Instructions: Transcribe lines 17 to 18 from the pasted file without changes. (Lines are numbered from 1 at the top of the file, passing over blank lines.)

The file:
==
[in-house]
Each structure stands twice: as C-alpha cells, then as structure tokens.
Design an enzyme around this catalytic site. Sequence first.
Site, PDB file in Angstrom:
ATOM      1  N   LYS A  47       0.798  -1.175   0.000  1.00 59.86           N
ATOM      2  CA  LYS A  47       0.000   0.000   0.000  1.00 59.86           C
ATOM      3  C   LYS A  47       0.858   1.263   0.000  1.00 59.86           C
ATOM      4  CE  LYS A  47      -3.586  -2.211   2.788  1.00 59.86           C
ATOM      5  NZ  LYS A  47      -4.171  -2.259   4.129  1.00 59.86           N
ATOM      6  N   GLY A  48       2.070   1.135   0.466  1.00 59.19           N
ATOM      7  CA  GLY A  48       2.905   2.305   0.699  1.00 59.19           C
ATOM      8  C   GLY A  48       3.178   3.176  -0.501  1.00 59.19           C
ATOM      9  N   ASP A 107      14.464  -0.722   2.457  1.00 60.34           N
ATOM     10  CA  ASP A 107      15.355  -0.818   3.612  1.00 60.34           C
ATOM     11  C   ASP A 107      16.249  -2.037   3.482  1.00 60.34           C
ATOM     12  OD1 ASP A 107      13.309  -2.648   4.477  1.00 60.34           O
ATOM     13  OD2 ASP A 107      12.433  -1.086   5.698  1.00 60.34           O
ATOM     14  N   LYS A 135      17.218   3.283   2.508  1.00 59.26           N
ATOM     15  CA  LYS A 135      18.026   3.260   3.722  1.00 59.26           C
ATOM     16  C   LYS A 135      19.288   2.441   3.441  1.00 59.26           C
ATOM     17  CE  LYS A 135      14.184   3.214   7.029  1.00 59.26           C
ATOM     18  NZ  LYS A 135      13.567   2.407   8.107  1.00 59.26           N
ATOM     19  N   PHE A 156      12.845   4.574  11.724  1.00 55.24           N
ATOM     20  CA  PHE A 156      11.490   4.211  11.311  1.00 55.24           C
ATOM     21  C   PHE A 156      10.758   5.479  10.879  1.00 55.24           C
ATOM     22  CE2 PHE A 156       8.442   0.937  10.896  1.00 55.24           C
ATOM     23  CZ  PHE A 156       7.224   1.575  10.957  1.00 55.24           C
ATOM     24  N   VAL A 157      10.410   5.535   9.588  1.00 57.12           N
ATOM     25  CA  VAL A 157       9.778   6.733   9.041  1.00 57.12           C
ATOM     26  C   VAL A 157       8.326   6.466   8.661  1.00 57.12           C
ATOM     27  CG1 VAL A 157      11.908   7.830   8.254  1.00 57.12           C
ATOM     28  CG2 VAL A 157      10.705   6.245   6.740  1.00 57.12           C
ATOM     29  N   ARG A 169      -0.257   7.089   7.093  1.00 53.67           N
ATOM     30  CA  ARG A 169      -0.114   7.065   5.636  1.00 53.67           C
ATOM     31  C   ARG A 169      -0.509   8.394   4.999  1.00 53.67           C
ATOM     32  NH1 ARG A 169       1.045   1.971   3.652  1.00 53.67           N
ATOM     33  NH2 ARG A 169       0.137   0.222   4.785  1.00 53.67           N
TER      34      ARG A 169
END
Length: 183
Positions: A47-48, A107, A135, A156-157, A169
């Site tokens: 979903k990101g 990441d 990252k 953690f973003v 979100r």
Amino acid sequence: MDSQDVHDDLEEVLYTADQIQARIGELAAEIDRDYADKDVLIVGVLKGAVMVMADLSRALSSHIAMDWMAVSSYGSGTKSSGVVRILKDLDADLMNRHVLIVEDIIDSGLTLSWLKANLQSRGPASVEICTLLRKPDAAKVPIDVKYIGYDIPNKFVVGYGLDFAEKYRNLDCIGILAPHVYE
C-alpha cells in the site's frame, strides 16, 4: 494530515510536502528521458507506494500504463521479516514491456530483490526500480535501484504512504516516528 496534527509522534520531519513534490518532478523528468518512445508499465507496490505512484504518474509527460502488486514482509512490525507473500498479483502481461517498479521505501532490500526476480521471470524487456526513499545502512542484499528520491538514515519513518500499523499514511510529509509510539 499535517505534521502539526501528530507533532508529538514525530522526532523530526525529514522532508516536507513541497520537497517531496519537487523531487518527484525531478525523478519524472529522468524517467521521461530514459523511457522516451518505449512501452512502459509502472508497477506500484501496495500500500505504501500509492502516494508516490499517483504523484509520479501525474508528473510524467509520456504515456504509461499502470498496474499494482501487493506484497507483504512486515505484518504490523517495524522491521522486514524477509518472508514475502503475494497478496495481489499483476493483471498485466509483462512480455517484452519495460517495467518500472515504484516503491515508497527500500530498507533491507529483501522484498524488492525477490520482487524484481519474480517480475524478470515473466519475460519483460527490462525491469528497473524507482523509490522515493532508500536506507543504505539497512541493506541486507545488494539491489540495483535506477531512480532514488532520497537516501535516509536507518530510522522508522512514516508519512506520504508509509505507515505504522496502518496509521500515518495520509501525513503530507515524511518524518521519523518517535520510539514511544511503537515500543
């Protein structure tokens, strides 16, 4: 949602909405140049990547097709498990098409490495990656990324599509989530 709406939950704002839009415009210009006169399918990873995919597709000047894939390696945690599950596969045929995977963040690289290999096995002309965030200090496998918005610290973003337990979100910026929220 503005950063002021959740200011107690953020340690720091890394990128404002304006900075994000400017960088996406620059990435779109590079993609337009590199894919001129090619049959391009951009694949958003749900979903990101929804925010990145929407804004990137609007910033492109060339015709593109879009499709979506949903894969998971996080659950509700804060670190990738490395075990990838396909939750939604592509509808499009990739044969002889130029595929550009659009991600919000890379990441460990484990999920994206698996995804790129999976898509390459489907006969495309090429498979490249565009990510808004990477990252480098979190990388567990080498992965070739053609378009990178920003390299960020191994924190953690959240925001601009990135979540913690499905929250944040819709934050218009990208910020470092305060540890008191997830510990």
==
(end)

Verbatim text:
ATOM     13  OD2 ASP A 107      12.433  -1.086   5.698  1.00 60.34           O
ATOM     14  N   LYS A 135      17.218   3.283   2.508  1.00 59.26           N